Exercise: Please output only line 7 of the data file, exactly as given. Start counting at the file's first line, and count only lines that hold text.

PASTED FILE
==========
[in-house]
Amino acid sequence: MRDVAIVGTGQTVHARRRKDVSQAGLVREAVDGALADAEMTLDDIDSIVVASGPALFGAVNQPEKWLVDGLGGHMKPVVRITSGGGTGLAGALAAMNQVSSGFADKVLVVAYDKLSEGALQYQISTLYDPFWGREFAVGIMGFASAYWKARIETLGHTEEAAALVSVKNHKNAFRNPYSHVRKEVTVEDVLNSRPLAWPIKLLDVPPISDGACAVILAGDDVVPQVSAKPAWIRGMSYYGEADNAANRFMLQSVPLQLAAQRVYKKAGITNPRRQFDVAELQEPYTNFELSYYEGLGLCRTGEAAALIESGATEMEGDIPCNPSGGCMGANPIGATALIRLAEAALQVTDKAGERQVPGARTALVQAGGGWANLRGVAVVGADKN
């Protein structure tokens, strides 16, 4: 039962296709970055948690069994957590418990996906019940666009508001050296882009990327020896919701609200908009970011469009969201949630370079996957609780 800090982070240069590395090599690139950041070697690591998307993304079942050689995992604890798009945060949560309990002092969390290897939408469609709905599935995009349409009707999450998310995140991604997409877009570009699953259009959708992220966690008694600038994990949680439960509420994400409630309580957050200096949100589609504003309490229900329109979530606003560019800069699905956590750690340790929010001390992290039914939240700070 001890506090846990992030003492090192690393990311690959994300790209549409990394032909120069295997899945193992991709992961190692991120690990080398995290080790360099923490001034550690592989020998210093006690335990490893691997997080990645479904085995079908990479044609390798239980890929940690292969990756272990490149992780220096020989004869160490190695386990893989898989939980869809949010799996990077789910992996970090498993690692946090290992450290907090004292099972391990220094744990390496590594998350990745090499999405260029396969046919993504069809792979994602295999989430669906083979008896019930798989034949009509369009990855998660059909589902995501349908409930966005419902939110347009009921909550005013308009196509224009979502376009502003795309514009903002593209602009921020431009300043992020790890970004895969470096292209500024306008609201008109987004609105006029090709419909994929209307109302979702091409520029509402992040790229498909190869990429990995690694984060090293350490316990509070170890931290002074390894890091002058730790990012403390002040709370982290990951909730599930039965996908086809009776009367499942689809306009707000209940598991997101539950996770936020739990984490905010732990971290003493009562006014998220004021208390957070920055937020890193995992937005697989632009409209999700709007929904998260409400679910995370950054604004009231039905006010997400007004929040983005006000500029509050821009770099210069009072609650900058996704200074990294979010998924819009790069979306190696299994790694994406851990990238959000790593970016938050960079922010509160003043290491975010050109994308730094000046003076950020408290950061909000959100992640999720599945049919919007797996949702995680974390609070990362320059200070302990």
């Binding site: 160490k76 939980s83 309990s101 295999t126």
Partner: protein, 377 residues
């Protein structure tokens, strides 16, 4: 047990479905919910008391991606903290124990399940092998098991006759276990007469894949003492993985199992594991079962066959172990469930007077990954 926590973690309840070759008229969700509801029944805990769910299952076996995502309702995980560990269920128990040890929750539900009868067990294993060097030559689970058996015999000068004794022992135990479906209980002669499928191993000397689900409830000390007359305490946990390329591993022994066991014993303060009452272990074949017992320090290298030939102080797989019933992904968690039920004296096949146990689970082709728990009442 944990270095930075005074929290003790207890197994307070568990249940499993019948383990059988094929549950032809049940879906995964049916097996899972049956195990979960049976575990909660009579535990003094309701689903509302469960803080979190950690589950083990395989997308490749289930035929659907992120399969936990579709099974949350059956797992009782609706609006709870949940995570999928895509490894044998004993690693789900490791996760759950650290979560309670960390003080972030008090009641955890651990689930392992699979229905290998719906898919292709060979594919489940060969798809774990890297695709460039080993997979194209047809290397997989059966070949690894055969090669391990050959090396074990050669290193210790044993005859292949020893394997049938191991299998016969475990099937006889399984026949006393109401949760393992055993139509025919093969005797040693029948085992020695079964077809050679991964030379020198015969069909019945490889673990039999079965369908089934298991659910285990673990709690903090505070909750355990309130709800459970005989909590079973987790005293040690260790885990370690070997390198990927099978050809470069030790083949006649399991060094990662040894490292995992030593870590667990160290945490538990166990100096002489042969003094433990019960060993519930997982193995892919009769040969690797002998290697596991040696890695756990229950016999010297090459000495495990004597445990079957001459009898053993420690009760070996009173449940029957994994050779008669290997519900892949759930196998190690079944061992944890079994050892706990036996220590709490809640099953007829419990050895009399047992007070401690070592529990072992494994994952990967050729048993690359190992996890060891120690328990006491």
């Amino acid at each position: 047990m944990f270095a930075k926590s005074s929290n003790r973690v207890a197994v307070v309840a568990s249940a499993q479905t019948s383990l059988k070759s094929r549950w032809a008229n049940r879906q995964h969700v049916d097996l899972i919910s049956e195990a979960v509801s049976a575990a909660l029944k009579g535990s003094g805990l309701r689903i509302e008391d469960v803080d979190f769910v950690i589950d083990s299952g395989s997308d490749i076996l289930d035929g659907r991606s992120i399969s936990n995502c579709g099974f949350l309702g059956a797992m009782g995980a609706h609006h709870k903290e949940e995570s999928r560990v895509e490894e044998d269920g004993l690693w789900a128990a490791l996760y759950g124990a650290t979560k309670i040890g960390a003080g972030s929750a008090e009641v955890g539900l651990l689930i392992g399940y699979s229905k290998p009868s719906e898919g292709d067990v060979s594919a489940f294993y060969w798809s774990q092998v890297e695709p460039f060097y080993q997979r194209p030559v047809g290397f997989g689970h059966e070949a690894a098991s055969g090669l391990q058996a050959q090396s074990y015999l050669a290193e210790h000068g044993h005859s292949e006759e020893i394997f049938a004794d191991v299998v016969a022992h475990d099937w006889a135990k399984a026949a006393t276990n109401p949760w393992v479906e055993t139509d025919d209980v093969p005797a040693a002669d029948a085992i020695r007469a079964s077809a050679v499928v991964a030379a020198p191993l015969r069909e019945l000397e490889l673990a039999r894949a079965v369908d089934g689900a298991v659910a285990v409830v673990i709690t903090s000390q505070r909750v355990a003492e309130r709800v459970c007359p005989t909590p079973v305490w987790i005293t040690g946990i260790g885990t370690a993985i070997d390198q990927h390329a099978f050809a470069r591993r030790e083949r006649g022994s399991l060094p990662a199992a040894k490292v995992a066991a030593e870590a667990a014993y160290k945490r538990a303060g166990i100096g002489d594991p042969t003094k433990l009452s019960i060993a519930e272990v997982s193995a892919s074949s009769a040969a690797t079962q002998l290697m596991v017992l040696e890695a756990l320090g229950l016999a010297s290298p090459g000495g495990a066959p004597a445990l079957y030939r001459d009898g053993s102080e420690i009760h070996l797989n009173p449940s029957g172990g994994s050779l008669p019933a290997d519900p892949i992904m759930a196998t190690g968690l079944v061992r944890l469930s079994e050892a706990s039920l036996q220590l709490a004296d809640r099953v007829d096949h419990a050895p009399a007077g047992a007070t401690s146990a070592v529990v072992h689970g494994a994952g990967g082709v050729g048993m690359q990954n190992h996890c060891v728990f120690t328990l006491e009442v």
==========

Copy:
């Amino acid at each position: 047990m944990f270095a930075k926590s005074s929290n003790r973690v207890a197994v307070v309840a568990s249940a499993q479905t019948s383990l059988k070759s094929r549950w032809a008229n049940r879906q995964h969700v049916d097996l899972i919910s049956e195990a979960v509801s049976a575990a909660l029944k009579g535990s003094g805990l309701r689903i509302e008391d469960v803080d979190f769910v950690i589950d083990s299952g395989s997308d490749i076996l289930d035929g659907r991606s992120i399969s936990n995502c579709g099974f949350l309702g059956a797992m009782g995980a609706h609006h709870k903290e949940e995570s999928r560990v895509e490894e044998d269920g004993l690693w789900a128990a490791l996760y759950g124990a650290t979560k309670i040890g960390a003080g972030s929750a008090e009641v955890g539900l651990l689930i392992g399940y699979s229905k290998p009868s719906e898919g292709d067990v060979s594919a489940f294993y060969w798809s774990q092998v890297e695709p460039f060097y080993q997979r194209p030559v047809g290397f997989g689970h059966e070949a690894a098991s055969g090669l391990q058996a050959q090396s074990y015999l050669a290193e210790h000068g044993h005859s292949e006759e020893i394997f049938a004794d191991v299998v016969a022992h475990d099937w006889a135990k399984a026949a006393t276990n109401p949760w393992v479906e055993t139509d025919d209980v093969p005797a040693a002669d029948a085992i020695r007469a079964s077809a050679v499928v991964a030379a020198p191993l015969r069909e019945l000397e490889l673990a039999r894949a079965v369908d089934g689900a298991v659910a285990v409830v673990i709690t903090s000390q505070r909750v355990a003492e309130r709800v459970c007359p005989t909590p079973v305490w987790i005293t040690g946990i260790g885990t370690a993985i070997d390198q990927h390329a099978f050809a470069r591993r030790e083949r006649g022994s399991l060094p990662a199992a040894k490292v995992a066991a030593e870590a667990a014993y160290k945490r538990a303060g166990i100096g002489d594991p042969t003094k433990l009452s019960i060993a519930e272990v997982s193995a892919s074949s009769a040969a690797t079962q002998l290697m596991v017992l040696e890695a756990l320090g229950l016999a010297s290298p090459g000495g495990a066959p004597a445990l079957y030939r001459d009898g053993s102080e420690i009760h070996l797989n009173p449940s029957g172990g994994s050779l008669p019933a290997d519900p892949i992904m759930a196998t190690g968690l079944v061992r944890l469930s079994e050892a706990s039920l036996q220590l709490a004296d809640r099953v007829d096949h419990a050895p009399a007077g047992a007070t401690s146990a070592v529990v072992h689970g494994a994952g990967g082709v050729g048993m690359q990954n190992h996890c060891v728990f120690t328990l006491e009442v």